Baldwins negligence caused the death of someone, freak accidents happen, but knowing you are holding a device that is specifically designed to kill something and being negligent with it is inexcusable. He should be held to the exact same standards as anyone else who would have done the same.
        I feel the court should evaluate previous similar court rulings and make the judgment based on that, equal justice for all.

      • “If we truly want celebrities to be held to the same bar as everyone else, then we need to conduct the same level of investigative scrutiny for Baldwin, just as would be done for anyone else.”

        I would like Baldwin held to the *exact* same level of accountability he would have loved to hold one of us to.

        As in, every bit of the hate and naked contempt he has so freely expressed in public about gun owners… 🙂

      • The user of the firearm is ultimately responsible for what happens with it.
        Other people may be culpable but Baldwin is the one responsible. Period

    • You know whose fault it really is?
      Pietta.

      If they hadn’t manufactured that gun, the poor woman would still be alive, and Alec Baldwin would host SNL for the 87th time.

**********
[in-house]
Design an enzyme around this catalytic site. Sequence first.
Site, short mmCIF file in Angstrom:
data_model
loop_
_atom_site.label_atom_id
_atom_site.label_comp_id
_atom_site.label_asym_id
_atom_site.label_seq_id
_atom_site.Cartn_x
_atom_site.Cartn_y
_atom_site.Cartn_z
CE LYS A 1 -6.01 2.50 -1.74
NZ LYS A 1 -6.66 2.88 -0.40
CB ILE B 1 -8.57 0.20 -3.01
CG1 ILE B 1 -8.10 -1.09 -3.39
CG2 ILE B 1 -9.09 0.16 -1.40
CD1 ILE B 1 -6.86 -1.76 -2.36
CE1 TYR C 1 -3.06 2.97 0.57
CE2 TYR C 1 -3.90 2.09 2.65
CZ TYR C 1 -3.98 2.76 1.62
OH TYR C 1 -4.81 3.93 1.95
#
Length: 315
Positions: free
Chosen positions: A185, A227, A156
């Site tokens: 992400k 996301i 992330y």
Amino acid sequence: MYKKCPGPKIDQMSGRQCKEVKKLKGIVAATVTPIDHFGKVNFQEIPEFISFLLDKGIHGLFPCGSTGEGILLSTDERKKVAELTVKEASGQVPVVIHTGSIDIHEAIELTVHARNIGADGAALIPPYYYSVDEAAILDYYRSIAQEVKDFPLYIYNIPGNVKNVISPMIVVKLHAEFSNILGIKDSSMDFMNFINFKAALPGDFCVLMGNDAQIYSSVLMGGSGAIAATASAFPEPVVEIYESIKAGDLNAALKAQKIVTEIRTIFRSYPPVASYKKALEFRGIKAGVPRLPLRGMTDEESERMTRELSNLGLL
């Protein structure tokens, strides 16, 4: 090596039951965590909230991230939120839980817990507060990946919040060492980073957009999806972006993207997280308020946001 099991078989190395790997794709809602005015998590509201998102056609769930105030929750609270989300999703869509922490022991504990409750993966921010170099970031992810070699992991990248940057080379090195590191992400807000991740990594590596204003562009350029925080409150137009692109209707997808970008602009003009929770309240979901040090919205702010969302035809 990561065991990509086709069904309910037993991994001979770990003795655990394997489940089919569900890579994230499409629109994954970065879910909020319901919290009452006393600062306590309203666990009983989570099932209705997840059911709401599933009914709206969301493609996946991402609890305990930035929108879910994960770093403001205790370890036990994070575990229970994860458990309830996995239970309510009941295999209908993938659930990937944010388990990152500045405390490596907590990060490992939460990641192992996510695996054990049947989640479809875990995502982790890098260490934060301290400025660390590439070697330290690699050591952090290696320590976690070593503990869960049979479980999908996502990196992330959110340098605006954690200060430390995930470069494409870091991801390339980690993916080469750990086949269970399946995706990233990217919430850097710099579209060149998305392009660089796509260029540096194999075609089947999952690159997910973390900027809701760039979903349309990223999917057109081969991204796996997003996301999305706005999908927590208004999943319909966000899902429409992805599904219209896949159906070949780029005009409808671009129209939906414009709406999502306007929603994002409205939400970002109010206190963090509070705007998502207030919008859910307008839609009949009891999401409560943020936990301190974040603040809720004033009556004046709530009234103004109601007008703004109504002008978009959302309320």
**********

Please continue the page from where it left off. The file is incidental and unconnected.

/snark

  2. AP: “…open the hatch and spin the drum where the bullets go…”

    In an article about a tragedy, the AP writers give us hilarious ignorance.

    • also – “It’s unclear whether Baldwin deliberately pulled the trigger or if the gun went off inadvertently.”
      …Whoever wrote this is an idiot.

      • Actually that statement is 100% correct, and reflects one of the points that would be considered in any investigation of a shooting like this. The level of intent is a specific factor in determining which (if any) law was violated.

        If this shooting had occurred among regular people not involved in a theatrical production, whether the shooter deliberately pulled the trigger or accidentally pulled the trigger would be the difference between whether the shooting was ‘wanton’ or ‘negligent’ which in most states would determine exactly what charge would be appropriate.

        In this particular shooting, it is immaterial whether he deliberately pulled the trigger or inadvertently pulled the trigger while drawing the pistol, because either way there is no indication of intent. The handling of weapons in a theatrical production have completely different procedures that have ABSOLUTELY NOTHING to do with Jeff Coopers so-called “Four Rules” for handling firearms.